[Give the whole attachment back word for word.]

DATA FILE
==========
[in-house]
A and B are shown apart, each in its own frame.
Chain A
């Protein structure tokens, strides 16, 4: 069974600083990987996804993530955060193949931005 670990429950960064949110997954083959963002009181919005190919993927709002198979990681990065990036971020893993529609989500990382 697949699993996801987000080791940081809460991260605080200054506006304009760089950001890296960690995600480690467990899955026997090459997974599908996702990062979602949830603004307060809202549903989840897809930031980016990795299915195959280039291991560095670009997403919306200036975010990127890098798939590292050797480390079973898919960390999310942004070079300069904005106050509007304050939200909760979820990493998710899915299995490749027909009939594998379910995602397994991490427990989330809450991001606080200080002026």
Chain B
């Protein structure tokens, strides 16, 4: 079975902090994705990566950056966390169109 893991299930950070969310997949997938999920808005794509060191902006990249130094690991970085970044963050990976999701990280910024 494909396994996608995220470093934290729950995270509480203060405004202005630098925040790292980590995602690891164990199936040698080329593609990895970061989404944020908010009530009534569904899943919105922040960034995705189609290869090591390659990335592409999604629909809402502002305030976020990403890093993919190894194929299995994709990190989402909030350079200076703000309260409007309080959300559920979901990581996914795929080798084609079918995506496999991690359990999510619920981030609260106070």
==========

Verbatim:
[in-house]
A and B are shown apart, each in its own frame.
Chain A
């Protein structure tokens, strides 16, 4: 069974600083990987996804993530955060193949931005 670990429950960064949110997954083959963002009181919005190919993927709002198979990681990065990036971020893993529609989500990382 697949699993996801987000080791940081809460991260605080200054506006304009760089950001890296960690995600480690467990899955026997090459997974599908996702990062979602949830603004307060809202549903989840897809930031980016990795299915195959280039291991560095670009997403919306200036975010990127890098798939590292050797480390079973898919960390999310942004070079300069904005106050509007304050939200909760979820990493998710899915299995490749027909009939594998379910995602397994991490427990989330809450991001606080200080002026």
Chain B
């Protein structure tokens, strides 16, 4: 079975902090994705990566950056966390169109 893991299930950070969310997949997938999920808005794509060191902006990249130094690991970085970044963050990976999701990280910024 494909396994996608995220470093934290729950995270509480203060405004202005630098925040790292980590995602690891164990199936040698080329593609990895970061989404944020908010009530009534569904899943919105922040960034995705189609290869090591390659990335592409999604629909809402502002305030976020990403890093993919190894194929299995994709990190989402909030350079200076703000309260409007309080959300559920979901990581996914795929080798084609079918995506496999991690359990999510619920981030609260106070």